Fifty years ago, NASA astronaut John Glenn became the first American to orbit the Earth, despite numerous glitches. Judy Woodruff and Glenn discuss how the historic mission changed the space race.
The world has witnessed an unprecedented day of protests against ACTA. Hundreds of thousands of people have gathered in dozens of cities around the globe to protect what is left of the freedom of expression on the internet.
Last time we talked about the international copyright and counterfeiting treaty called ACTA that was signed by the US and caused people in Poland to take to the streets to protest. We asked if you thought there’s enough opposition to get Congress to weigh in on it here at home. Take a look. Now, we spoke about the connection between outsourcing and the US education system. What, if anything, do you think we should be doing to stop the outsourcing of American jobs to other countries?
Well it looks like anyone who has their personal files-copyrighted or not, saved on Megaupload, could lose that data forever. The FBI froze Megaupload’s bank accounts when they raided the company earlier this month. So inevitably Megaupload can’t pay their bills, and storage companies Carpathia Hosting and Cogent Communications Group won’t hold all that information for free, so they might start deleting data as of this Thursday February 2nd.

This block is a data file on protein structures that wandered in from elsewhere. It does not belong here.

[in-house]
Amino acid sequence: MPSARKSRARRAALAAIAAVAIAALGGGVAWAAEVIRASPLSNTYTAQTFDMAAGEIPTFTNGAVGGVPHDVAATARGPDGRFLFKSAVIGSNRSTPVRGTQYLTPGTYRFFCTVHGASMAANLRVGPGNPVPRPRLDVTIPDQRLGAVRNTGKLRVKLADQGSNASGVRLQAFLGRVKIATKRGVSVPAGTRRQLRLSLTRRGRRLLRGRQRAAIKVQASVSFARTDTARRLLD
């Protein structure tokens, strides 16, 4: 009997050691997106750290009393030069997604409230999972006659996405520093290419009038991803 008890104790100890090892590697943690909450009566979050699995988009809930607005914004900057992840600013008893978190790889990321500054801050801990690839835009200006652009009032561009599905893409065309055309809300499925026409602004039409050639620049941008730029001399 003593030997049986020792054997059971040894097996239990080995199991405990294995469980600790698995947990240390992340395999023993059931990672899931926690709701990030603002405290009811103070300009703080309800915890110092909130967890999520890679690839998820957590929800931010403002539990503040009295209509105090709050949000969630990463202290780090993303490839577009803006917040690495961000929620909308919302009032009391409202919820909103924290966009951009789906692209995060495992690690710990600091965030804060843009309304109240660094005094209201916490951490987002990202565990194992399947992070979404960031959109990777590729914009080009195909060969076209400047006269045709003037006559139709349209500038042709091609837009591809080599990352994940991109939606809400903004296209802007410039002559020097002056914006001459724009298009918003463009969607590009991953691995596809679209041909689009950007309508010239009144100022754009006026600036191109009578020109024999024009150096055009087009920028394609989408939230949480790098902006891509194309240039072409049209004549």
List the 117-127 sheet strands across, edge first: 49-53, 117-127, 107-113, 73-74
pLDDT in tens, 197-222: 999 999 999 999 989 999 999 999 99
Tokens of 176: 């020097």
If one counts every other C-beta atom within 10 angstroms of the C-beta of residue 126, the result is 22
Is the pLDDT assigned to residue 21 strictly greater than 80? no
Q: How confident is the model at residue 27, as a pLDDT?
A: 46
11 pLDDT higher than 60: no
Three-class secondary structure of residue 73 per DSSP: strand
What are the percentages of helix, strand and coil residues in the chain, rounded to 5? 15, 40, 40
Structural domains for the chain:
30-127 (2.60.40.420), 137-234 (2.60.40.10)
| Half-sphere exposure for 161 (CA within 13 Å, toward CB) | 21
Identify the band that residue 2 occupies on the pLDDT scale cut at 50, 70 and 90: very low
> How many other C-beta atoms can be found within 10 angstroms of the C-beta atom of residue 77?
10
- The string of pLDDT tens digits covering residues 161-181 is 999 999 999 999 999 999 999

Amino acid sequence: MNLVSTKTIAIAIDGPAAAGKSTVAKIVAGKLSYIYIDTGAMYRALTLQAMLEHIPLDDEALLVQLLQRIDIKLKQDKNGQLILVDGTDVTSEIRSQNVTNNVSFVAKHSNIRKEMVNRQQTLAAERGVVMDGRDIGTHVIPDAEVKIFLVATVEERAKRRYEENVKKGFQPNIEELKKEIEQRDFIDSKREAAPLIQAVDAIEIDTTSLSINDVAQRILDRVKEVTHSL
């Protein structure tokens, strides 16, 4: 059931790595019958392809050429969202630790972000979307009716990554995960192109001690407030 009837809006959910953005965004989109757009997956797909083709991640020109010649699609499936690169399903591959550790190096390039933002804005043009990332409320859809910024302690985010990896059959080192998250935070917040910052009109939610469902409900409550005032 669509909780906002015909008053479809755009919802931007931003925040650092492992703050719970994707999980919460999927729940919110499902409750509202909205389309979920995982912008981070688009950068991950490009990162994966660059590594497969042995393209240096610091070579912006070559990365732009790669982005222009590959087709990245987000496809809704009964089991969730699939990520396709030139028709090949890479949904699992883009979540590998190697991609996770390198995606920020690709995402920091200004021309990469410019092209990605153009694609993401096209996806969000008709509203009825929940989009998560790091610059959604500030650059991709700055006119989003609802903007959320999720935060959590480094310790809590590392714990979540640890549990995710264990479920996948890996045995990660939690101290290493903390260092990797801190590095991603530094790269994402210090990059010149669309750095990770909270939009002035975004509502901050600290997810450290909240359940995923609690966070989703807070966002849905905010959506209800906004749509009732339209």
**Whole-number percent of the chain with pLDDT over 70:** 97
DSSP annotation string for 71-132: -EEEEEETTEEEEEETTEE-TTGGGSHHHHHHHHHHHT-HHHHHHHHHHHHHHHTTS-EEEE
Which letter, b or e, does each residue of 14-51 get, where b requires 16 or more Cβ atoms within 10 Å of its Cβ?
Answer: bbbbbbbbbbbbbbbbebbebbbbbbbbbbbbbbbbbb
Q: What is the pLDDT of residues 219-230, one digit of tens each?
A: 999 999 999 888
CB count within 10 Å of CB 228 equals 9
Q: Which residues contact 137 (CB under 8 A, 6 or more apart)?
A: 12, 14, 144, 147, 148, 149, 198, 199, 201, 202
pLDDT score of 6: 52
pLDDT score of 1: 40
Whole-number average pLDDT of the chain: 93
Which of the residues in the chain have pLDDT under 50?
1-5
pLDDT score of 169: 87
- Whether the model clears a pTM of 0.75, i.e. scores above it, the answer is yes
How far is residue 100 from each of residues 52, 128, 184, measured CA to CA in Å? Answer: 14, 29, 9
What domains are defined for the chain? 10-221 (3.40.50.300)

Two researchers at Sandia National Labs have invented a self-guided bullet capable of hitting a target from more than a mile away. The four inch bullet contains an optical sensor that can detect a laser beam on target.
Key websites are being hijacked, on a day that thousands of internet freedom supporters marched outside in a major two-pronged protest. It’s because the country’s just signed up to a global web piracy pact, covering everything from movies and music to fashion and pharmaceuticals. But its net stretches wide. One of the key problems seen with ACTA is that it’s completely bypassed people and their governments.